A former resident of a boys’ home in Derry says he’s furious that the reputations of many “good nuns” have been ruined as a result of false allegations of abuse.
Bernard McEldowney, a retired policeman, spent 18 years under the care of the Sisters of Nazareth in Derry, the majority of which was spent at St Joseph’s Boys’ Home, Termonbacca.
Mr. McEldowney spoke out after the publication of the report of the Historical Institutional Abuse Inquiry which investigated child abuse in residential institutions in Northern Ireland over a 73-years period, up to 1995.
A former senior policeman in England, Mr. McEldowney gave evidence to the HIA anonymously in 2014 but later waived his right to anonymity to voice his concerns.
He told the ‘Journal’ yesterday that, “like many former residents of Termonbacca, I had a wonderful childhood at Termonbacca and will always be grateful to the nuns who cared for me for all those years.
“It was not the fault of the nuns that many orphans like me were put into care, but I am grateful that they were available to provide free care to me and many hundreds of other children who resided in their two houses in Derry for many years.”
Mr. McEldowney is particularly vexed by the issue of compensation which, he claims, prompted some false allegations of abuse.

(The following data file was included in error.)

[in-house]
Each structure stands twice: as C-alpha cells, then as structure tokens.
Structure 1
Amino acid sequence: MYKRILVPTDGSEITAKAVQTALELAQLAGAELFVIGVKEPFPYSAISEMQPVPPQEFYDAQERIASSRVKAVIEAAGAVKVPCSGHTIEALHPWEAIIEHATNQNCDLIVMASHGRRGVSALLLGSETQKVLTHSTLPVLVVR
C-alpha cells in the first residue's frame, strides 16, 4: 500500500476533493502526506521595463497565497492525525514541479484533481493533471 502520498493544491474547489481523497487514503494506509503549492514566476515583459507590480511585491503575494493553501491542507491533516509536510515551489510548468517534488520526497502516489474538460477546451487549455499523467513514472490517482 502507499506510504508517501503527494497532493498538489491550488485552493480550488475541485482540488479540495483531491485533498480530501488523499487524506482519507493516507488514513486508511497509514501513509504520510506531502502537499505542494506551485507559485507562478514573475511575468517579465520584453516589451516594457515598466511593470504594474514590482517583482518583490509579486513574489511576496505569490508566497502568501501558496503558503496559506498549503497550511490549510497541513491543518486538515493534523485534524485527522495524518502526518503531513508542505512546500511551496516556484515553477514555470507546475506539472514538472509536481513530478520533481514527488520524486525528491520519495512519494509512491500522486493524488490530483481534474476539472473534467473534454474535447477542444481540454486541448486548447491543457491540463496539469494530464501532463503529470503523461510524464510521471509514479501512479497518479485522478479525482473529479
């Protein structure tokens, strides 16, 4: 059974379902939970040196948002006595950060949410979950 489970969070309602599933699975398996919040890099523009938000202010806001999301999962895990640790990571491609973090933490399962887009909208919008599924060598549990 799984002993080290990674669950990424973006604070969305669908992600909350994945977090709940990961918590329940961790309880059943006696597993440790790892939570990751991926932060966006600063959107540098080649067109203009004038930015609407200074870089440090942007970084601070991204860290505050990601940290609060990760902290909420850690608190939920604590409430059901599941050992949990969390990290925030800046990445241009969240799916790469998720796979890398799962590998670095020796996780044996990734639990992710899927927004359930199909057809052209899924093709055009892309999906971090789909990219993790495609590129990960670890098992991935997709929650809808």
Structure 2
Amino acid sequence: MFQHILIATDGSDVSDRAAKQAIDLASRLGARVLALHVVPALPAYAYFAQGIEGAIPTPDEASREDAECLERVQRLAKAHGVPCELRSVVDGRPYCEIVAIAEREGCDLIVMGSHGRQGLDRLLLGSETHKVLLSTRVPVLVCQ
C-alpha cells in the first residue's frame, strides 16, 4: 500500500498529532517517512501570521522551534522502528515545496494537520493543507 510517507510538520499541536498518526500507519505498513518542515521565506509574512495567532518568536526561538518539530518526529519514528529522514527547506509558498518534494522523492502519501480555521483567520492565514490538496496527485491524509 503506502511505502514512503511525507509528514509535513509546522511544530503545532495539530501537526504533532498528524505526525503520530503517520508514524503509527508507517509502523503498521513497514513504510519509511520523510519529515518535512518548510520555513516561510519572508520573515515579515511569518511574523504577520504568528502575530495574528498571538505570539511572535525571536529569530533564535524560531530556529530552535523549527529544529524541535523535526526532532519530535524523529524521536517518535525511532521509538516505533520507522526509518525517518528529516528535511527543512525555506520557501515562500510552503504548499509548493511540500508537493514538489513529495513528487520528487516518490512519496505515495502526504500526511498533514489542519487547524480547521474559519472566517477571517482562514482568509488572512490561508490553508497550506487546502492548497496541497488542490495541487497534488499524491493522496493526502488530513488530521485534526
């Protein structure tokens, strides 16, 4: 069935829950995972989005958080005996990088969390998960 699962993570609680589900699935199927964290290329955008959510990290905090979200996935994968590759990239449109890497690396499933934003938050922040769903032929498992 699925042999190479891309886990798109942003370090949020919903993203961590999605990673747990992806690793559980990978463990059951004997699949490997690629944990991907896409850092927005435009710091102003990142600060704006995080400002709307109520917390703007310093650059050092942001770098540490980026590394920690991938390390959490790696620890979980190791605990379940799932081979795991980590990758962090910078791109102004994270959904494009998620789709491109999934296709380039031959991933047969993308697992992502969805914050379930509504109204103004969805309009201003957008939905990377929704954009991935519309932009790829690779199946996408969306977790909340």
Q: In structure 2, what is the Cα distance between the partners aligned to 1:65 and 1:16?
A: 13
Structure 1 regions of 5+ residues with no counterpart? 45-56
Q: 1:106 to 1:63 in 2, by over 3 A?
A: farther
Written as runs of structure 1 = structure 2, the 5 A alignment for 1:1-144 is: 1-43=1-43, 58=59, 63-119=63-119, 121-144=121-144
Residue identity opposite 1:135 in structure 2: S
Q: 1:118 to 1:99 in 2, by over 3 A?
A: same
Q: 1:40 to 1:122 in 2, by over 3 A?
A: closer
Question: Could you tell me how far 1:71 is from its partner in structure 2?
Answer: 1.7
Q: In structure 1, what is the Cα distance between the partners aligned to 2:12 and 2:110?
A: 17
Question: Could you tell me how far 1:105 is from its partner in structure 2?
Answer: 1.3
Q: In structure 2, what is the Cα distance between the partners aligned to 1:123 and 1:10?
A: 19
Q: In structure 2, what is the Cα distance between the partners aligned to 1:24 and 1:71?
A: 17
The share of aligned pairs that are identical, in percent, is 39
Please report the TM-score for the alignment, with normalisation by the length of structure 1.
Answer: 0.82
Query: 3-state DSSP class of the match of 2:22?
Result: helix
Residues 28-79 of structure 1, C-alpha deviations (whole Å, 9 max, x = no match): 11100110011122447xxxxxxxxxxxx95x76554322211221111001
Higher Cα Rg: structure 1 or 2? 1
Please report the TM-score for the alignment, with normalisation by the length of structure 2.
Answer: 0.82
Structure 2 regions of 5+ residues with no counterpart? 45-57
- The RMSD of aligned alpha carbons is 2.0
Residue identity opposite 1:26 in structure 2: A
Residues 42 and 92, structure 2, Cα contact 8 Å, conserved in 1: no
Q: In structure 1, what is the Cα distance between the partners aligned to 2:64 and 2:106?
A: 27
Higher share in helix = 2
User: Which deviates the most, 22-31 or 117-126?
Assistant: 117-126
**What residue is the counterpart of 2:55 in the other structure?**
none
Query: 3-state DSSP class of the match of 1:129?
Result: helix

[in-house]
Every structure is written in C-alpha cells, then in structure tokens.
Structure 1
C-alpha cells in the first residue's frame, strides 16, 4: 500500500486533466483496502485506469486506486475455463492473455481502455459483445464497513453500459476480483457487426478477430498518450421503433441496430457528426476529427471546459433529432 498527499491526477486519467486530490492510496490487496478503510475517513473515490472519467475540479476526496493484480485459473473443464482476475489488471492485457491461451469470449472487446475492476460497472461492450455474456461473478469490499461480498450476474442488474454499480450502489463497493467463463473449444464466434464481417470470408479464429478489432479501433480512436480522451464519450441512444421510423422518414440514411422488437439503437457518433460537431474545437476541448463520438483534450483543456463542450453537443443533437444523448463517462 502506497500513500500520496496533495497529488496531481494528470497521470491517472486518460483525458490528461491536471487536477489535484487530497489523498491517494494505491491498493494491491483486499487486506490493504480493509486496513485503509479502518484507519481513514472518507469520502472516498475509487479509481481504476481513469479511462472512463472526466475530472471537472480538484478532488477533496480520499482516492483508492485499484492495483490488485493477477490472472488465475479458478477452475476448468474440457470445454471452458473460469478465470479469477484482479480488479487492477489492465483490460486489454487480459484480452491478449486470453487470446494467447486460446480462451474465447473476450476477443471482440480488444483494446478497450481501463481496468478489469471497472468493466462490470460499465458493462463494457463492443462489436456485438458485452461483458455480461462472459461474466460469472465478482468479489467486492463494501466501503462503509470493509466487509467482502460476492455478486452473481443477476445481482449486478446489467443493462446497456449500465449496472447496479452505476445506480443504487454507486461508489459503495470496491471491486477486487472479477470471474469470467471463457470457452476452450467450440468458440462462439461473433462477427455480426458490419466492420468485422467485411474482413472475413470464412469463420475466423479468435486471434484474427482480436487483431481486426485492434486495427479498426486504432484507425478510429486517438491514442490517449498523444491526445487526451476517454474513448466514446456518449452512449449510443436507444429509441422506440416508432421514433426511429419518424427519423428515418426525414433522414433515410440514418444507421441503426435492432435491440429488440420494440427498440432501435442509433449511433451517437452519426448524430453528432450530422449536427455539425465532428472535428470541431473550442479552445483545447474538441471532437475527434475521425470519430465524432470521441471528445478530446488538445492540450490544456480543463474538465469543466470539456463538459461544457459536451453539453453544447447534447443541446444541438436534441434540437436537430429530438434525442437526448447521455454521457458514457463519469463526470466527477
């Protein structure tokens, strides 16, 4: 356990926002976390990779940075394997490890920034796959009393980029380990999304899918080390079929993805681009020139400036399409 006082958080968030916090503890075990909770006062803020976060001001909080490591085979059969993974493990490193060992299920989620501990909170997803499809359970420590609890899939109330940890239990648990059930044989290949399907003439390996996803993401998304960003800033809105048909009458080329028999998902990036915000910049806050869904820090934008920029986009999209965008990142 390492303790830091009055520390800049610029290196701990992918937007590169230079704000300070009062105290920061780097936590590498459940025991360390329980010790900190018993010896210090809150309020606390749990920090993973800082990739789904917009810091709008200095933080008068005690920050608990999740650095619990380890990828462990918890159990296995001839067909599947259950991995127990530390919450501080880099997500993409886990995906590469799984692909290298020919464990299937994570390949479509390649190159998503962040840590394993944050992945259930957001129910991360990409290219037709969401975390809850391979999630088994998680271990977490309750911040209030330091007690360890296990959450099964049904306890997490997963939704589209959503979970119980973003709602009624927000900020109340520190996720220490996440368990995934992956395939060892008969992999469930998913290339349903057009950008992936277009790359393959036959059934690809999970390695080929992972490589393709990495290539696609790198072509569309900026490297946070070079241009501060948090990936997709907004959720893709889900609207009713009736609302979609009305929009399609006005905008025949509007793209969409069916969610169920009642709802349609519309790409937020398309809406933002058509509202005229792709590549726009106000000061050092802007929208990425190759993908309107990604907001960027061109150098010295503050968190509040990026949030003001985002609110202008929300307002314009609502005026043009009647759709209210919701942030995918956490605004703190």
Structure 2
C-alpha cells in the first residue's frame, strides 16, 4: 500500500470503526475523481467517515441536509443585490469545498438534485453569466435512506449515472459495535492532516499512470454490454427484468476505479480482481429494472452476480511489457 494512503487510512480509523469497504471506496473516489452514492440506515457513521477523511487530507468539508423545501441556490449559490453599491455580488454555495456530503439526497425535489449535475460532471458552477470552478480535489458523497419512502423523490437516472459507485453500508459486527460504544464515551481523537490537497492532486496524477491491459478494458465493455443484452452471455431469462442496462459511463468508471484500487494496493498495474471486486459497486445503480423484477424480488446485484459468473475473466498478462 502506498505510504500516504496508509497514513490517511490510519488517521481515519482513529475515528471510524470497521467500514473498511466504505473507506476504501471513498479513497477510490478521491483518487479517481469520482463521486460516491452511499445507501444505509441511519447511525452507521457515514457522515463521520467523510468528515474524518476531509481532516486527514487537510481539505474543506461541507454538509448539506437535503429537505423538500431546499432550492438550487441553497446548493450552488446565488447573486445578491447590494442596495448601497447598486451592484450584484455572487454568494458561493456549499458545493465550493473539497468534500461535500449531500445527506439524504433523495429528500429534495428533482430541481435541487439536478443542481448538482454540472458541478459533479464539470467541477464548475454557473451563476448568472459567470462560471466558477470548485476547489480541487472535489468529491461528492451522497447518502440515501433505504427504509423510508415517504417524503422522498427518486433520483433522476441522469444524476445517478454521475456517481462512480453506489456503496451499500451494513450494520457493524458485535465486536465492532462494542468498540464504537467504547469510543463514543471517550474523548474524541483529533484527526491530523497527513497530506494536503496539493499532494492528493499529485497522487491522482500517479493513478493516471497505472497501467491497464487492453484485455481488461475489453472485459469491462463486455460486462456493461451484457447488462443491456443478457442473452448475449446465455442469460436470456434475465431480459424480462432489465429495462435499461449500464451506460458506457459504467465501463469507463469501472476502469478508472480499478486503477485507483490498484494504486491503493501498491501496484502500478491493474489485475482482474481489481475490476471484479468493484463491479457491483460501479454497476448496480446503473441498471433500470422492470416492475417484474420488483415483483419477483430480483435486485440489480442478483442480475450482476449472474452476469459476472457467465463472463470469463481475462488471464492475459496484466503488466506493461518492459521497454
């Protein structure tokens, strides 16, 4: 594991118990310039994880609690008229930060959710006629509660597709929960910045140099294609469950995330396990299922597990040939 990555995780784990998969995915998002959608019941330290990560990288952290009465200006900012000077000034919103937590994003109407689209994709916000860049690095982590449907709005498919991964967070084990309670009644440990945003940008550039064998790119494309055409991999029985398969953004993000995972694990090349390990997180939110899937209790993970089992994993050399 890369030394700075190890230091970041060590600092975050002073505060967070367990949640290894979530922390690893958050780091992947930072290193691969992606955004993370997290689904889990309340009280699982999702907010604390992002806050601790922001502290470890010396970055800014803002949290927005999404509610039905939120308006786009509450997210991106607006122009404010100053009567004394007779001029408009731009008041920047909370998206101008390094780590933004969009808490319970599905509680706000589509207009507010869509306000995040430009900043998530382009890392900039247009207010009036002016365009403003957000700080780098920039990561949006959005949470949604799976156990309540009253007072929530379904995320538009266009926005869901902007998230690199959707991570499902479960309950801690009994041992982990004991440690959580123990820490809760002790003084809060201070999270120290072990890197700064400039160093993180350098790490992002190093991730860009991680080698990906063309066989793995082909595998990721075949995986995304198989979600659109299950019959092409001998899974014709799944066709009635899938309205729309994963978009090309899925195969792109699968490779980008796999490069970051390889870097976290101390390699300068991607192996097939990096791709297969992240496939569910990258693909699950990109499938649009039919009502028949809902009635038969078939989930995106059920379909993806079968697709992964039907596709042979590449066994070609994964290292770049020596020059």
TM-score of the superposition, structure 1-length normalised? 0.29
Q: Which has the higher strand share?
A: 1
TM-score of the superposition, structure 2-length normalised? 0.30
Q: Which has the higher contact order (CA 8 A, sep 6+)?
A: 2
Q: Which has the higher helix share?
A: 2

Campaigners have rejected the charge, saying people giving evidence at the inquiry have been telling the truth.
HIA chairman, Sir Anthony Hart, has recommended that a tax-free lump sum payment - ranging from £7,500 to £100,000 - should be made to all survivors.
Mr. McEldowney said: “I was raised with many of the alleged victims from Termonbacca. We have socialised on many occasions over the past 40 plus years. At no time during any of those occasions did I hear any of them refer to the nuns or Termonbacca in a derogatory manner. If anything, those discussions consisted of reminiscing of our childhood at Termonbacca.”
He claims real victims have been marginalised by those who “hijacked” the HIA to secure compensation.
“When the inquiry was established, it should have been made clear from the outset that compensation would not be considered and that the inquiry was being established solely to identify the failings of the various institutions and the State in order that relevant apologies or acknowledgments could be made to victims and that lessons could be learned for the future.
“The failure to negate the question of compensation allowed the HIA Inquiry to be, in my opinion, hijacked.”
Mr. McEldowney said he felt the HIA report was “disproportionately” critical of the nuns and lacked the views of “the many hundreds of children who had resided in those homes and who had no complaints to make about their treatment.
“The greater majority of us who resided in those home enjoyed our childhood and will be eternally grateful to the nuns for the wonderful work they did for us.”
He added: “I’m angry that the good reputations of innocent nuns have been destroyed. I am angry that the HIA hasn’t publicly acknowledged the great work that the Sisters of Nazareth did in Derry for many years and despite the lack of any financial support from State agencies.”
Mr. McEldowney urged people to “keep an open mind” about the report’s findings.